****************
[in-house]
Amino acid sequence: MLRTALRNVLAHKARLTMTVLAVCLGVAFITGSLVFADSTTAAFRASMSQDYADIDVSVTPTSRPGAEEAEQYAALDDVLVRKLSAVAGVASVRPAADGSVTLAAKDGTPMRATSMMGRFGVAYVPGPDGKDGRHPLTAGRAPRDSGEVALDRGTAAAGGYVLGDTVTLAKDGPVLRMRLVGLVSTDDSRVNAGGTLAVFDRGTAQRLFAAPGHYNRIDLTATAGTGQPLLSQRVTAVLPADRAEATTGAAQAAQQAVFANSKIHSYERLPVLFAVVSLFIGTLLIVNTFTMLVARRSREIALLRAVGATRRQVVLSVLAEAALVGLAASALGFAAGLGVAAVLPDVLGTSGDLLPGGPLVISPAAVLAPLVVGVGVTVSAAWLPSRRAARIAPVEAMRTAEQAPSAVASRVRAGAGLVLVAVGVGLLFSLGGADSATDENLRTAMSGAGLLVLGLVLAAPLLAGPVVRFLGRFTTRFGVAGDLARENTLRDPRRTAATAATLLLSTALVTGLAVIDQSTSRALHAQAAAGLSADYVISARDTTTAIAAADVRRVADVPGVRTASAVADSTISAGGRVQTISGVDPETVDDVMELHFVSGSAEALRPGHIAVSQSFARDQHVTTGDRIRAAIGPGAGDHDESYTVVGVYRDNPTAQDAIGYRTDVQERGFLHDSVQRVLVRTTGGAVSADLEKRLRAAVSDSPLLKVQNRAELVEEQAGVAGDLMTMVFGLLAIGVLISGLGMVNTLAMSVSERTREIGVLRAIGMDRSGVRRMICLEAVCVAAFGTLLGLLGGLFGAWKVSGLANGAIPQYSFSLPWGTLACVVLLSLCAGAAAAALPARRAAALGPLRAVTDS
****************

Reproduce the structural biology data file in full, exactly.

[in-house]
Amino acid sequence: MLRTALRNVLAHKARLTMTVLAVCLGVAFITGSLVFADSTTAAFRASMSQDYADIDVSVTPTSRPGAEEAEQYAALDDVLVRKLSAVAGVASVRPAADGSVTLAAKDGTPMRATSMMGRFGVAYVPGPDGKDGRHPLTAGRAPRDSGEVALDRGTAAAGGYVLGDTVTLAKDGPVLRMRLVGLVSTDDSRVNAGGTLAVFDRGTAQRLFAAPGHYNRIDLTATAGTGQPLLSQRVTAVLPADRAEATTGAAQAAQQAVFANSKIHSYERLPVLFAVVSLFIGTLLIVNTFTMLVARRSREIALLRAVGATRRQVVLSVLAEAALVGLAASALGFAAGLGVAAVLPDVLGTSGDLLPGGPLVISPAAVLAPLVVGVGVTVSAAWLPSRRAARIAPVEAMRTAEQAPSAVASRVRAGAGLVLVAVGVGLLFSLGGADSATDENLRTAMSGAGLLVLGLVLAAPLLAGPVVRFLGRFTTRFGVAGDLARENTLRDPRRTAATAATLLLSTALVTGLAVIDQSTSRALHAQAAAGLSADYVISARDTTTAIAAADVRRVADVPGVRTASAVADSTISAGGRVQTISGVDPETVDDVMELHFVSGSAEALRPGHIAVSQSFARDQHVTTGDRIRAAIGPGAGDHDESYTVVGVYRDNPTAQDAIGYRTDVQERGFLHDSVQRVLVRTTGGAVSADLEKRLRAAVSDSPLLKVQNRAELVEEQAGVAGDLMTMVFGLLAIGVLISGLGMVNTLAMSVSERTREIGVLRAIGMDRSGVRRMICLEAVCVAAFGTLLGLLGGLFGAWKVSGLANGAIPQYSFSLPWGTLACVVLLSLCAGAAAAALPARRAAALGPLRAVTDS